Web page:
The Information Commissioner of Canada
30 Victoria Street, 7th Floor
Gatineau, Quebec K1A 1H3

Telephone: (613) 995-2410 (National Capital Region)
1-800-267-0441 (Toll-free)

You may obtain additional information on the complaint process by visiting the website of the Office of the Information Commissioner at www.oic-ci.gc.ca.

Sincerely,

[Coordinator’s name and title]

Enclosures

Model letter 26 – Response to requester – no records found

Our file: [file number]

[date]

[requester’s name and address]

Dear [requester’s name]:

This letter is further to your request of [date of request], to obtain [summary of request].

I regret to inform you that a search of the records under the control of [name of the institution] has revealed none relating to the subject of your request. [If the records have been destroyed, provide information, if possible, as to when and under what authority this was done.]

This completes our processing of your request Should you have any questions or concerns, do not hesitate to contact [name of ATIP Officer] at [Officer’s telephone number] or by e-mail at [Officer’s e-mail address].

Please be advised that you are entitled to complain to the Information Commissioner concerning the processing of your request within 60 days after the day that you become aware that grounds for a complaint exist. In the event you decide to avail yourself of this right, your notice of complaint should be addressed to:

The Information Commissioner of Canada
30 Victoria Street, 7th Floor
Gatineau, Quebec K1A 1H3

Telephone: (613) 995-2410 (National Capital Region)
1-800-267-0441 (Toll-free)

You may obtain additional information on the complaint process by visiting the website of the Office of the Information Commissioner at www.oic-ci.gc.ca.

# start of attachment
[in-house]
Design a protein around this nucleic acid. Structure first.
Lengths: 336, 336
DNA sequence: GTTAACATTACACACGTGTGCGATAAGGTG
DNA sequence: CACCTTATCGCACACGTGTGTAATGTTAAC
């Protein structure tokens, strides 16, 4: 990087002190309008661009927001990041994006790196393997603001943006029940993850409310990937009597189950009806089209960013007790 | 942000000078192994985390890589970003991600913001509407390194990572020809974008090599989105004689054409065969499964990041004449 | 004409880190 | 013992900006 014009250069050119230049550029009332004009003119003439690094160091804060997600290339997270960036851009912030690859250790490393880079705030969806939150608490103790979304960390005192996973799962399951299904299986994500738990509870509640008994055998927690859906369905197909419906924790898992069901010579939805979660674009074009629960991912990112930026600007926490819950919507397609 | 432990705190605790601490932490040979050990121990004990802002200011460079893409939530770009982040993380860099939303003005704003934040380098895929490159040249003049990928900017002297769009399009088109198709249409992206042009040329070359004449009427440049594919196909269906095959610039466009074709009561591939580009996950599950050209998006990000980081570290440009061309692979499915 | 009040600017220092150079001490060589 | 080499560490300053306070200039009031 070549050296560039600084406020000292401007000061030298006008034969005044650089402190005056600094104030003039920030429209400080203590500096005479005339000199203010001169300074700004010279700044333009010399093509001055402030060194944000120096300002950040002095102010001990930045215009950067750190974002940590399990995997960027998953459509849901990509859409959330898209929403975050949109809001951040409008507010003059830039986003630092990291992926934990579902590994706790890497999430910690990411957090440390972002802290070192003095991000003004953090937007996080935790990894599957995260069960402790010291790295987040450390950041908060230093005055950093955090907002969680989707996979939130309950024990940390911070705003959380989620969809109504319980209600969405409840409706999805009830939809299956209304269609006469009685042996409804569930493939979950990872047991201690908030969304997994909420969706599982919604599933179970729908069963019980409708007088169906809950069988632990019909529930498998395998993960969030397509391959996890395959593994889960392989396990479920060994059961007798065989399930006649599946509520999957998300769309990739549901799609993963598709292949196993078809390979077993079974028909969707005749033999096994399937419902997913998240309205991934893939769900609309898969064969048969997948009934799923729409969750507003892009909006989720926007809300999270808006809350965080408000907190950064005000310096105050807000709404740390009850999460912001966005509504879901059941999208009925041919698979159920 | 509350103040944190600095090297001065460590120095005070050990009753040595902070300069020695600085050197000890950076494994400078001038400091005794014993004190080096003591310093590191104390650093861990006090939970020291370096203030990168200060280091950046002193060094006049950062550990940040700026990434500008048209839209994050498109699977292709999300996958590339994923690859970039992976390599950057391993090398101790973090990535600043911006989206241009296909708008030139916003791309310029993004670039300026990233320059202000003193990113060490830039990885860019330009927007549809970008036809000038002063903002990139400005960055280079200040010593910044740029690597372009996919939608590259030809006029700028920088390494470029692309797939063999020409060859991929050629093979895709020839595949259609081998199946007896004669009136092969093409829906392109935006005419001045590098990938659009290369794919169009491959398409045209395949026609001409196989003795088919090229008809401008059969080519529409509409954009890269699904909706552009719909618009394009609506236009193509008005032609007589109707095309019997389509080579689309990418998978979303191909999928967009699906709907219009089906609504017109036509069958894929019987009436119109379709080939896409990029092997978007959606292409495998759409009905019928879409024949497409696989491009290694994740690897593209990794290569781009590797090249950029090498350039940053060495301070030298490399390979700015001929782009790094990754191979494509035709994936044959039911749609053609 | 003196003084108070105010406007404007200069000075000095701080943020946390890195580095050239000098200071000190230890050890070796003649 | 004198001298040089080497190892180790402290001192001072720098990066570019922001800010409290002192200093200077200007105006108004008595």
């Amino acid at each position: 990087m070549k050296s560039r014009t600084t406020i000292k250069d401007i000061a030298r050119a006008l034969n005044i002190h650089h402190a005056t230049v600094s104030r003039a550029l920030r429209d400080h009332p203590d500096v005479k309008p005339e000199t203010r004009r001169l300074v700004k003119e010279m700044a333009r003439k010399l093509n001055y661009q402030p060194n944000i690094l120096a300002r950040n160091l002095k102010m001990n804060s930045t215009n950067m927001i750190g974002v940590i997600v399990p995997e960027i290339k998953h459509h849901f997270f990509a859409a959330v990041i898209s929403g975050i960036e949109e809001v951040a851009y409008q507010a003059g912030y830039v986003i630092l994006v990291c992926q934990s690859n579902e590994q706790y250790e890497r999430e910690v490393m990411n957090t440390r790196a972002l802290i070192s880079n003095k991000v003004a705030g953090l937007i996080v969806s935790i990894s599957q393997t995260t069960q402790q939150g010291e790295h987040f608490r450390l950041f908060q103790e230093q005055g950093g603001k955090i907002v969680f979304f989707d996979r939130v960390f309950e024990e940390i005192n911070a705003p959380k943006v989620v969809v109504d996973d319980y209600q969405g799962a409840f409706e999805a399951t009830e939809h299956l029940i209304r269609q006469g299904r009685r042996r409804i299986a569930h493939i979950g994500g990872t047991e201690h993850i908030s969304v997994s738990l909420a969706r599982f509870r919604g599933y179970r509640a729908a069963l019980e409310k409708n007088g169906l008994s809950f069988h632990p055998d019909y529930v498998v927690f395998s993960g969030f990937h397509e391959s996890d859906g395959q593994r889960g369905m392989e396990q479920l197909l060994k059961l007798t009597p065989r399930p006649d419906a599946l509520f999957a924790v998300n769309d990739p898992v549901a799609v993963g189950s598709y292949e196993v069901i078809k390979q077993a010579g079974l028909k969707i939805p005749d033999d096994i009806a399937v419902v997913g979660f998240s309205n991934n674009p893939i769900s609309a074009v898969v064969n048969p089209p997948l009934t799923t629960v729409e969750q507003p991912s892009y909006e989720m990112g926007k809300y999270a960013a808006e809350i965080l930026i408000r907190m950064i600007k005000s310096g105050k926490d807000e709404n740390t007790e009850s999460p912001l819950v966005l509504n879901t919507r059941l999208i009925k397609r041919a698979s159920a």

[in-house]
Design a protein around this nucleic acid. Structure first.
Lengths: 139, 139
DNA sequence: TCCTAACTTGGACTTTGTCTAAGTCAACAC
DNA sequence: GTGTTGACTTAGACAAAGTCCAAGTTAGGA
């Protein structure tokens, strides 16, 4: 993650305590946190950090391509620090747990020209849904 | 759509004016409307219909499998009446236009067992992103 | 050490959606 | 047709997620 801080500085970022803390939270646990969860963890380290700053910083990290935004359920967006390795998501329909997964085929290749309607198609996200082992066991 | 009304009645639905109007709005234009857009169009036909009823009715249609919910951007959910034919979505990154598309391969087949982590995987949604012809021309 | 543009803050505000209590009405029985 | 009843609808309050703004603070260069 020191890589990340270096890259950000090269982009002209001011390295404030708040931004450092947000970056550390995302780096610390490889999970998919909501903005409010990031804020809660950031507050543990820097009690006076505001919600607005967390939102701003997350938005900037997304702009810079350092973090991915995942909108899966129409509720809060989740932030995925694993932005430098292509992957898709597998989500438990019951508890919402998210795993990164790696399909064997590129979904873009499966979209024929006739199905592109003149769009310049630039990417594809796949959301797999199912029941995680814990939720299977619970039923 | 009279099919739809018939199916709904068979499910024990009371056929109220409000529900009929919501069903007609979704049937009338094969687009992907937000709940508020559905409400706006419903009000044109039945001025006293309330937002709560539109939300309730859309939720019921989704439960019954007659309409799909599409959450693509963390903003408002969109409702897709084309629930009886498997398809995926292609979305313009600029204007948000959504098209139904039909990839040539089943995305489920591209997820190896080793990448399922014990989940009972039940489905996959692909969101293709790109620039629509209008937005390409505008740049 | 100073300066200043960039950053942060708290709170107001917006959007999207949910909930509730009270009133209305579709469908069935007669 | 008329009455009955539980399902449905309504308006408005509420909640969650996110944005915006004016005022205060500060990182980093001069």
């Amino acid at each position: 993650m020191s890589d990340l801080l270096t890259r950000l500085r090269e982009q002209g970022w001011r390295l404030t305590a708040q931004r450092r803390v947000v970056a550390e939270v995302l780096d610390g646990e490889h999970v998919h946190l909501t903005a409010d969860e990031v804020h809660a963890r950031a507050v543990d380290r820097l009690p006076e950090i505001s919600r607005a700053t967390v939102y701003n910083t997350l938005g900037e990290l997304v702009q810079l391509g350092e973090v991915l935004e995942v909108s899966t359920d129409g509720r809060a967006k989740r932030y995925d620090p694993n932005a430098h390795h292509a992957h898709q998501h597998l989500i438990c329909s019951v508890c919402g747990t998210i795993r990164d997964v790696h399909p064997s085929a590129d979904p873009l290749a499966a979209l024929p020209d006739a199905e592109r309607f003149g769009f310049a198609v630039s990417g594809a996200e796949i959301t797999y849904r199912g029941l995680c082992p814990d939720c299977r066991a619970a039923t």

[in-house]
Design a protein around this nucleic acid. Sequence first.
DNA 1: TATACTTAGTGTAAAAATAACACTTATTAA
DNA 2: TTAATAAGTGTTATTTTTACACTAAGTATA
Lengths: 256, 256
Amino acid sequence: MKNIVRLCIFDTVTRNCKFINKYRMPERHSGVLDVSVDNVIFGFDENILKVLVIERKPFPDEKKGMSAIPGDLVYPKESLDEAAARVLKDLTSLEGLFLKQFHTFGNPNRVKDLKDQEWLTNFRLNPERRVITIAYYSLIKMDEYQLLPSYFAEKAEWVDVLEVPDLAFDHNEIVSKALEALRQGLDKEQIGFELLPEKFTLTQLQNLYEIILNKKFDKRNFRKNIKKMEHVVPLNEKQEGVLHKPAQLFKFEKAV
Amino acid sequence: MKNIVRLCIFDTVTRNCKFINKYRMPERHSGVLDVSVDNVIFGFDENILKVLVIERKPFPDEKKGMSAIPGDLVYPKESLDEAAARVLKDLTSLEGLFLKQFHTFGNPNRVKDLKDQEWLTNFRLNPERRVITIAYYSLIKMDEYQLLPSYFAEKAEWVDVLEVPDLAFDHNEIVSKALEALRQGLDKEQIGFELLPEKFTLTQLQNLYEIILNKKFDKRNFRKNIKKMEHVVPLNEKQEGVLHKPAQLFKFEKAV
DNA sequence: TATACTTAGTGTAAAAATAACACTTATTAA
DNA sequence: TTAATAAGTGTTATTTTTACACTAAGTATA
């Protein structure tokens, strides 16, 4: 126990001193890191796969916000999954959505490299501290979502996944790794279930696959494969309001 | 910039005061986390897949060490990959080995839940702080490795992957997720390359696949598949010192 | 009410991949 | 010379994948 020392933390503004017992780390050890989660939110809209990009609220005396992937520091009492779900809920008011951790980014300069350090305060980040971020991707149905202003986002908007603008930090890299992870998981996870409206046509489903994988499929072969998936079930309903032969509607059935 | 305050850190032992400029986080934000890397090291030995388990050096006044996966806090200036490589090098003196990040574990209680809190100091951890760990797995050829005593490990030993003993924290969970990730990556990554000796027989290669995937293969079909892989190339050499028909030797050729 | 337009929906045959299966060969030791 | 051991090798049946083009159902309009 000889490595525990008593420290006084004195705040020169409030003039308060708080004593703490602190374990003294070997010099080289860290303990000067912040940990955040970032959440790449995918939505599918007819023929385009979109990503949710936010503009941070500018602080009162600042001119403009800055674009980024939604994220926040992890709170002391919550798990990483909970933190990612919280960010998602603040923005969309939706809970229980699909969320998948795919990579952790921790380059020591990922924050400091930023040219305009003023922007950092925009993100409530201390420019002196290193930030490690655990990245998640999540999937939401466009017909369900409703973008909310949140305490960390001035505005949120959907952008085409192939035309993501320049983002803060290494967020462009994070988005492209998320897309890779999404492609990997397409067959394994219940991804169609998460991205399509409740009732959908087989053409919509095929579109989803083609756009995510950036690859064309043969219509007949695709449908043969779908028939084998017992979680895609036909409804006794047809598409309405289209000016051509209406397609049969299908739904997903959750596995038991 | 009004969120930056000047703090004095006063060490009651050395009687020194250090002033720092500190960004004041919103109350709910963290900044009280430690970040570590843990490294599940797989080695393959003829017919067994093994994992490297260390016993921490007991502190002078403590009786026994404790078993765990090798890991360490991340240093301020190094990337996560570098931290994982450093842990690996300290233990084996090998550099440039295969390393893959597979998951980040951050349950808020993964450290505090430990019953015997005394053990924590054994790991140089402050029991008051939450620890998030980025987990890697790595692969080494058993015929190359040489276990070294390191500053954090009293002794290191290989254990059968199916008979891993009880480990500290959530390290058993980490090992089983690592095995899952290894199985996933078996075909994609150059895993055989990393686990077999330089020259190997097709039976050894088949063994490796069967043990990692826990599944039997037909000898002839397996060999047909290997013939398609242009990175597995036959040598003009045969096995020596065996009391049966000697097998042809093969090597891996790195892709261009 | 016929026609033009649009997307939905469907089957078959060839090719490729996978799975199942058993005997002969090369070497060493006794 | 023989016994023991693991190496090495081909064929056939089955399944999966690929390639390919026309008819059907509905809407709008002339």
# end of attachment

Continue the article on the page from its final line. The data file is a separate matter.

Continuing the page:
Sincerely,

[Coordinator’s name and title]

Model letter 27 – Response to requester – records exempted and excluded entirely

Our file: [file number]

[date]

[requester’s name and address]

Dear [requester’s name]:

This letter is further to your request of [date of request], to obtain [summary of request].

We have conducted a search of our records and located [number of pages] pages relevant to your request. Unfortunately, all documents have been withheld under [provisions of the Act and short description] of the Act. In addition, information is excluded pursuant to subsection 69(1) [confidences of the Queen's Privy Council of Canada] of the Act.

I have made all decisions concerning the disclosure of records relevant to your request, having received delegation to do so from the head of the institution. Furthermore, I decided both the issue of the applicability of exemptions and the issue of whether the information should, as a matter of discretion, nevertheless be released. In deciding this matter, I have taken the following criteria into account:

[List criteria]

[Explain whether those criteria were or were not met and why.]

This completes our processing of your request. Should you have any questions or concerns, do not hesitate to contact [name of ATIP Officer] at [Officer’s telephone number] or by e-mail at [Officer’s e-mail address].

Please be advised that you are entitled to complain to the Information Commissioner concerning the processing of your request within 60 days after the day that you become aware that grounds for a complaint exist. In the event you decide to avail yourself of this right, your notice of complaint should be addressed to:

The Information Commissioner of Canada
30 Victoria Street, 7th Floor
Gatineau, Quebec K1A 1H3

Telephone: (613) 995-2410 (National Capital Region)
1-800-267-0441 (Toll-free)

You may obtain additional information on the complaint process by visiting the website of the Office of the Information Commissioner at www.oic-ci.gc.ca.

Sincerely,

[Coordinator’s name and title]